Finally better times for dogs in China ?


Apr 21, 2015 in CEIAS Insights

Finally better times for dogs in China ?

dogChinese habits are different in many ways from those European. One of them is the still present and popular habit of eating dog meat. Dog meat festivals have been organized annually in China. Fortunately more and more people care about animal rights and campaigns against dog meat festivals are spread over the internet, contributing to the slow progress in the protection of animal rights in the country.

After a huge campaign in 2011, one of the biggest dog meat festivals, The Jinhua Hutou Dog Meat Festival, was cancelled. The local market was organized annually and the possibility of buying dog meat made it even more famous, eventually leading to the change of the name to “Dog Meat festival” to attract more visitors. A huge online campaign led by activists was supported by a lot of netizens. Eventually, the local officials decided to cancel the festival citing the obligation to respect the public opinion.

But there are still many people in favour of such festivals. They claim it is a part of the Chinese history and culture. According to the Jinhua Hutou Dog Meat festival tradition, dog meat was first eaten when Hu Dahai, rebel fighting against Yuan dynasty in 14th century, ordered to kill all dogs in the neighbourhood because their barking always announced the arrival of Hu´s army. Consequently, dog meat was eaten by his soldiers and it was the beginning of the tradition. Usually, the meat for festival was prepared at home by vendors and afterwards sold at the market. The rumour was spread about poisoning dogs and selling their meat, so vendors started killing, flaying and cooking dogs right at the market so the customers could see the meat was fresh.

Sadly, this is still reality for dogs who end up at the Yulin Dog Meat festival. According to the journalists this happens to more than 5000 dogs daily every year during festival.  As one blogger wrote „There are thousands of dog eaters gathering there. People slaughter dogs mercilessly, the blood of the dead dogs flows like a river, the horrible screams of dogs pierce the sky.” In the past years, there have been many activists protesting at the festival. But seems like nothing has changed. Last year, the organizers tried to prevent protesting so the festival was held week earlier, but protesters learnt about it and came anyway. Some of them even bought dogs in order to save them from their horrible destiny. It looks like this year the festival will be organized again. On the internet you can find various petitions and calls to tweet against it with #StopYuLin2015.

Dog meat is popular in China up to now also because of traditional Chinese medicine. It is believed that it has “heating” effect so it should be eaten in autumn and winter. In culinary terms, dog meat is usually blanched or soaked before cooking to dispel the earthier, heavier aspects of its flavour. It is then made into soups, roasted or served cold as an appetiser. The tender meat of puppies is more popular than that of older dogs.

Twenty years ago there were hardly any dogs in Beijing and if there were they probably ended up on a plate in a restaurant. Nowadays you can still find restaurants serving dog meat, but you are more likely to find dog-treat stores, dog web sites, dog social networks, a bring-your-dog bar, etc. In Beijing, there are more than one million registered dogs and large number of those unregistered.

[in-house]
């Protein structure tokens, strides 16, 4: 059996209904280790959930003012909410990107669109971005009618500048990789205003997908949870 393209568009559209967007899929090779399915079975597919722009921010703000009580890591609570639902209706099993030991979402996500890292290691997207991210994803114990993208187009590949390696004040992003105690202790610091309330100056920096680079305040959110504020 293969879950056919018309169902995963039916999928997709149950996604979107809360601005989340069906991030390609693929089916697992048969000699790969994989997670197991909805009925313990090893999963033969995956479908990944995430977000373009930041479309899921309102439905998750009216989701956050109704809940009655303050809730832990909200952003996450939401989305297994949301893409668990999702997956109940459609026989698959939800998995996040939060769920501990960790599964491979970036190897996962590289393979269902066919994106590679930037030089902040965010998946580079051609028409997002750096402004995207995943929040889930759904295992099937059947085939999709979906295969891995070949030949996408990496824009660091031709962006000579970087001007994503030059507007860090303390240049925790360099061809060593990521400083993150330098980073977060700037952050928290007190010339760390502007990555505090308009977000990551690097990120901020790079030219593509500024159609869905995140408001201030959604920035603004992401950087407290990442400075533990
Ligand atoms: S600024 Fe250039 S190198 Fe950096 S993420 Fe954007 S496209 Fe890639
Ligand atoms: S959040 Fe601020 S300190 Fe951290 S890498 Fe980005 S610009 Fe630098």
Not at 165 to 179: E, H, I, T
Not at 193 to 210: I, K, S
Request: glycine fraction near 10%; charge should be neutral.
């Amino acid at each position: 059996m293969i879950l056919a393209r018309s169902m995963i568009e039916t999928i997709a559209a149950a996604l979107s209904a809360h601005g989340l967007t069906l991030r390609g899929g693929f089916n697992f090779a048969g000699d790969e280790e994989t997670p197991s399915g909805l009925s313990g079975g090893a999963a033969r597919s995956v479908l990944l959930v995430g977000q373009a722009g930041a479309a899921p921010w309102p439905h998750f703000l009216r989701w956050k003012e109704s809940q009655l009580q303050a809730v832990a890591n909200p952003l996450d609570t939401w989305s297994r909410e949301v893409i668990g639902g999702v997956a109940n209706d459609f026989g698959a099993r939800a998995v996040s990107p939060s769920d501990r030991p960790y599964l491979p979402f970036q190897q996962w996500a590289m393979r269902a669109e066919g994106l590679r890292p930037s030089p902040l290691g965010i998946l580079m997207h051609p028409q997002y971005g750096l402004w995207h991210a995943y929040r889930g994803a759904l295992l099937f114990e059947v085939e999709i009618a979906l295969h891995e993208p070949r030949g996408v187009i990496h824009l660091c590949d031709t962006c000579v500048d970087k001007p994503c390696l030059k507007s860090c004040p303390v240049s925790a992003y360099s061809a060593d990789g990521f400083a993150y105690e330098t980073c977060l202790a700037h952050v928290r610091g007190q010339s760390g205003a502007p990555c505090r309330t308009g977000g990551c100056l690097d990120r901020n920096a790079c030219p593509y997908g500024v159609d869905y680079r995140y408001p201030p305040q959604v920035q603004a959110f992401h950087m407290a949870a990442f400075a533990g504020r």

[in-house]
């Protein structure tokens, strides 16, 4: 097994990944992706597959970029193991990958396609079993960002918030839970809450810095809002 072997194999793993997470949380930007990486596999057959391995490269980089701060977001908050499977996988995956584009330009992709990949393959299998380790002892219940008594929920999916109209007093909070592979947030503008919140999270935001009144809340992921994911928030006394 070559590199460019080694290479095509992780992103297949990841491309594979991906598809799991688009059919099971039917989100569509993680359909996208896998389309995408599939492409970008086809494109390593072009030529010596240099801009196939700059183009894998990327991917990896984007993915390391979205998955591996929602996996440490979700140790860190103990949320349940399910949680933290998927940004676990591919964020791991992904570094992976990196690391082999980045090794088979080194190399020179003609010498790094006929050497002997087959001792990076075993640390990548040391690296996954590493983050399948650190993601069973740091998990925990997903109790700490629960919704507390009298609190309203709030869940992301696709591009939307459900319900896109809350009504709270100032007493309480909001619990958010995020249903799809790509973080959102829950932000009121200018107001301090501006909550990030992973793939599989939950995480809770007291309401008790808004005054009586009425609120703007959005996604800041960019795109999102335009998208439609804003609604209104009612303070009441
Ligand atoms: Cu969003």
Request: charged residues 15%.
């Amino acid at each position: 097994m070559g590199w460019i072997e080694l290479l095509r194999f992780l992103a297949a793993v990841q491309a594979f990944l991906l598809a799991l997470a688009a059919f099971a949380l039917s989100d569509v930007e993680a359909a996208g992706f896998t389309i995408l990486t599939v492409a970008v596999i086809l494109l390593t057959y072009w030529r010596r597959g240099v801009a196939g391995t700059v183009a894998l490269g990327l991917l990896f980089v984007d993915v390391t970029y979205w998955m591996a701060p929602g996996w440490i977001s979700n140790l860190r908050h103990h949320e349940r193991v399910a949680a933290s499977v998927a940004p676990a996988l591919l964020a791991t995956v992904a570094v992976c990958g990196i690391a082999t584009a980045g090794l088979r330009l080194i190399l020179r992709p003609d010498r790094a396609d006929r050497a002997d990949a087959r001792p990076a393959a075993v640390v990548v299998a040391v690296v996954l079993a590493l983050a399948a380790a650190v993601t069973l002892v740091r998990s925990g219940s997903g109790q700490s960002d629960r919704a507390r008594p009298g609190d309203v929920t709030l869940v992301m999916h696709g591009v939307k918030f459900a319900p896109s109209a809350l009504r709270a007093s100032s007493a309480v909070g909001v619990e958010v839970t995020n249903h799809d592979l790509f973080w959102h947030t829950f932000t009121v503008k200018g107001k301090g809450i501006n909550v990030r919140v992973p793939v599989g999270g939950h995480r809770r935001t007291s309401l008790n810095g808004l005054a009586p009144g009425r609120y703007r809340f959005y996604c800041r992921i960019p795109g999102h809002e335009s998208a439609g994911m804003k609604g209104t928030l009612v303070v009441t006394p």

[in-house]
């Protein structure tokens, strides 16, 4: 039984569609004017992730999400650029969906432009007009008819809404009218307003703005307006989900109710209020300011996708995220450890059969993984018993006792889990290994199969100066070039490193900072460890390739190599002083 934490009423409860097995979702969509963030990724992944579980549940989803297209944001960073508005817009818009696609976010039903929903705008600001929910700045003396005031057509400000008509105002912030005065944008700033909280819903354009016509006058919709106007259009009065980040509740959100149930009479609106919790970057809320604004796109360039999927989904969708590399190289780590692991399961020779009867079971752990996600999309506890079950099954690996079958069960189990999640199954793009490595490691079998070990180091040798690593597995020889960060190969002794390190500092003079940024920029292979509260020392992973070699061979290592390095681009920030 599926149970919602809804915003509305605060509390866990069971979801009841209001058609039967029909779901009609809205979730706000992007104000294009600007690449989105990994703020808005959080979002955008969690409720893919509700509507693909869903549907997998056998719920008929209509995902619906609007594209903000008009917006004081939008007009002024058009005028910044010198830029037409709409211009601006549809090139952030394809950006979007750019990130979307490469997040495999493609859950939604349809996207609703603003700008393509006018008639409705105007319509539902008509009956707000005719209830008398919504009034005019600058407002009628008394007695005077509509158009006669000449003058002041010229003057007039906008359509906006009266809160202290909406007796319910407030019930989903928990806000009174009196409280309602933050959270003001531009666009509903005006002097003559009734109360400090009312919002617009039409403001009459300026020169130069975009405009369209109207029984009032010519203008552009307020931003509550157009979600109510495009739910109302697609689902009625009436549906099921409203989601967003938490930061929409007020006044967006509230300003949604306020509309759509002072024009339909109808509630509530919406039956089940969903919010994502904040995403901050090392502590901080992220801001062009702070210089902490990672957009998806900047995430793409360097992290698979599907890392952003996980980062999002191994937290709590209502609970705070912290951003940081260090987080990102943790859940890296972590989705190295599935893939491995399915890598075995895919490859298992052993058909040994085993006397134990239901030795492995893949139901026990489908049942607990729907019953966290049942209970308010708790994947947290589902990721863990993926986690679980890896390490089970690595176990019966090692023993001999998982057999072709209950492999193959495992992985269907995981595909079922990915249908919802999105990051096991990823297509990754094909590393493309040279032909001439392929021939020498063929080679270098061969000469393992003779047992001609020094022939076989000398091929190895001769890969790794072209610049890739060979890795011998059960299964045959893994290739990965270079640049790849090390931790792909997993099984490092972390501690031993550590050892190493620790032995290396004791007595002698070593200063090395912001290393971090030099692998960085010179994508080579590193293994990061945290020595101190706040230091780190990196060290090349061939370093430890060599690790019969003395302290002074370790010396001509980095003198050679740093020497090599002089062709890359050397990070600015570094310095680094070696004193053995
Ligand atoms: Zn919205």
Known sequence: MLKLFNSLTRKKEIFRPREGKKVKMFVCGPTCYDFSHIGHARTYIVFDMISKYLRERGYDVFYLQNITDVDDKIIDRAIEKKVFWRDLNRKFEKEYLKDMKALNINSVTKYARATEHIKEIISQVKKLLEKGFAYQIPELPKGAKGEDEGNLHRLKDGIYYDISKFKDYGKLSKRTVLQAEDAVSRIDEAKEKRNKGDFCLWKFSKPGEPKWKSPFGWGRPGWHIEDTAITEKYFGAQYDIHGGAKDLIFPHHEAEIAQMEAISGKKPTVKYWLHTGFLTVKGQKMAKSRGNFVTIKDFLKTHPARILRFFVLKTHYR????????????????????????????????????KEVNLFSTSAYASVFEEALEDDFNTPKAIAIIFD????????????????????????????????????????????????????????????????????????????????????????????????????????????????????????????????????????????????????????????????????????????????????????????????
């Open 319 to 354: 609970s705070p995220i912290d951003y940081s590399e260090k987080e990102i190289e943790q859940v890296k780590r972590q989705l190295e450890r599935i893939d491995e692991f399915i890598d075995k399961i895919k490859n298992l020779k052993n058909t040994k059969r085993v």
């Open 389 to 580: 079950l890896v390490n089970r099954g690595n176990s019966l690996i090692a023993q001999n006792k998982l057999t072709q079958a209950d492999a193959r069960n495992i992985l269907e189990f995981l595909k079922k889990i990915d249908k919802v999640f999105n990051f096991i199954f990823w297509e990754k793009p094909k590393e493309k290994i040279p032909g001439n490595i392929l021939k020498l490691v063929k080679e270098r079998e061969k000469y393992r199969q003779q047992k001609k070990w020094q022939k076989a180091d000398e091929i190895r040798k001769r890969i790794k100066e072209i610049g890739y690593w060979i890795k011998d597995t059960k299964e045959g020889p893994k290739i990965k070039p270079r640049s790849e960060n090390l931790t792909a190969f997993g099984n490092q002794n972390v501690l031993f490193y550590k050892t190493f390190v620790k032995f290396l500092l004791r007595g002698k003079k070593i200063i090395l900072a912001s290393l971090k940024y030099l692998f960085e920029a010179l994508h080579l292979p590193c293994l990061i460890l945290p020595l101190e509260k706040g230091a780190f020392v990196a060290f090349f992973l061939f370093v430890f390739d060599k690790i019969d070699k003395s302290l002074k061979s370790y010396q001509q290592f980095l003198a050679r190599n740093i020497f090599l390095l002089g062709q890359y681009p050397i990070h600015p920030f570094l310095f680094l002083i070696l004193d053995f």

In the past, during the imperial period dogs were popular pet among aristocracy such as Pekingese dog which was popular at the court. On the other hand, during Communist era dogs were more likely to be guards, herders or meals than companions. In general, pets in that time were considered bourgeois luxury.

Originally, people weren´t used to having dogs as pets. But slowly, thanks to the development of the economy and changes of life style, more and more people tend to have dogs as pets, especially in big cities. Some decide to get them as they help them release the stress, others compensate having only one child. The dog becomes a companion to their only child and when child grows up and moves away from home, parents still have someone to take care of. Dog is becoming a symbol of upwardly mobile Beijingers and people are willing to spend immense amounts of money for a preferred puppy. It is also a way how to meet people with the same interest. For dog lovers there has been a Pet Park opened not far from Beijing, a canine spa that includes a dog-and-owner restaurant, a dog agility course, a dog cemetery and chapel, a dog-owner motel or even bone-shaped swimming pools.

Yet, there are still lot of those who think that dogs are seriously disturbing the normal lives of other people and area nuisance. In order to protect citizens, the one dog policy has been introduced in 2006 in Beijing and in 2011 in Shanghai as there have been many attacks by unregistered dogs and rabies has been spread. If the family had more than one registered dog, they could keep them, but nowadays families can register only one dog. If there is an unregistered dog found, the destiny is obvious. In these cities, dogs above the height of 13,7 inches cannot be kept. Keeping of what they call „attack dogs“ has also been banned.

During recent years there have been some positive changes regarding animal rights in China. The knowledge about the importance of protecting animals has been spread mainly by voluntary groups. One of them is China Small Animal Protection Association. Thanks to this organization a lot of animals have been saved from being eaten. But up to now there still isn´t any law explicitly forbidding eating dog meat. Hopefully one day all citizens will understand the necessity to protect animals and eating dog meat will be prohibited.

Image Credit : Flickr



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